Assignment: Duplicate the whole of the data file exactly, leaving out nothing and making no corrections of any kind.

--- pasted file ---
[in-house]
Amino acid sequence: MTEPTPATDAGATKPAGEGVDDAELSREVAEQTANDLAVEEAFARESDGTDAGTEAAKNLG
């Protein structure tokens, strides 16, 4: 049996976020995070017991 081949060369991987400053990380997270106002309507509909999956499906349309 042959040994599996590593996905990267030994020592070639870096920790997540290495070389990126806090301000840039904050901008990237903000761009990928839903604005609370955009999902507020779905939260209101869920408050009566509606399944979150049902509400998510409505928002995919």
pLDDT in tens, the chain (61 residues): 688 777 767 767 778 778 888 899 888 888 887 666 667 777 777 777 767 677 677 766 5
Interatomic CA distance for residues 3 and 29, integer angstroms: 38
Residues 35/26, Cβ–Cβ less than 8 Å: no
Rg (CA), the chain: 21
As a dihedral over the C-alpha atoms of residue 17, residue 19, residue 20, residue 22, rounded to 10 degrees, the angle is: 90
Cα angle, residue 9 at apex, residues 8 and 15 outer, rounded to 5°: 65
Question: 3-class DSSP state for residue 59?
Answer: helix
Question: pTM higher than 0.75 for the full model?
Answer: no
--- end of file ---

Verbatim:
[in-house]
Amino acid sequence: MTEPTPATDAGATKPAGEGVDDAELSREVAEQTANDLAVEEAFARESDGTDAGTEAAKNLG
């Protein structure tokens, strides 16, 4: 049996976020995070017991 081949060369991987400053990380997270106002309507509909999956499906349309 042959040994599996590593996905990267030994020592070639870096920790997540290495070389990126806090301000840039904050901008990237903000761009990928839903604005609370955009999902507020779905939260209101869920408050009566509606399944979150049902509400998510409505928002995919």
pLDDT in tens, the chain (61 residues): 688 777 767 767 778 778 888 899 888 888 887 666 667 777 777 777 767 677 677 766 5
Interatomic CA distance for residues 3 and 29, integer angstroms: 38
Residues 35/26, Cβ–Cβ less than 8 Å: no
Rg (CA), the chain: 21
As a dihedral over the C-alpha atoms of residue 17, residue 19, residue 20, residue 22, rounded to 10 degrees, the angle is: 90
Cα angle, residue 9 at apex, residues 8 and 15 outer, rounded to 5°: 65
Question: 3-class DSSP state for residue 59?
Answer: helix
Question: pTM higher than 0.75 for the full model?
Answer: no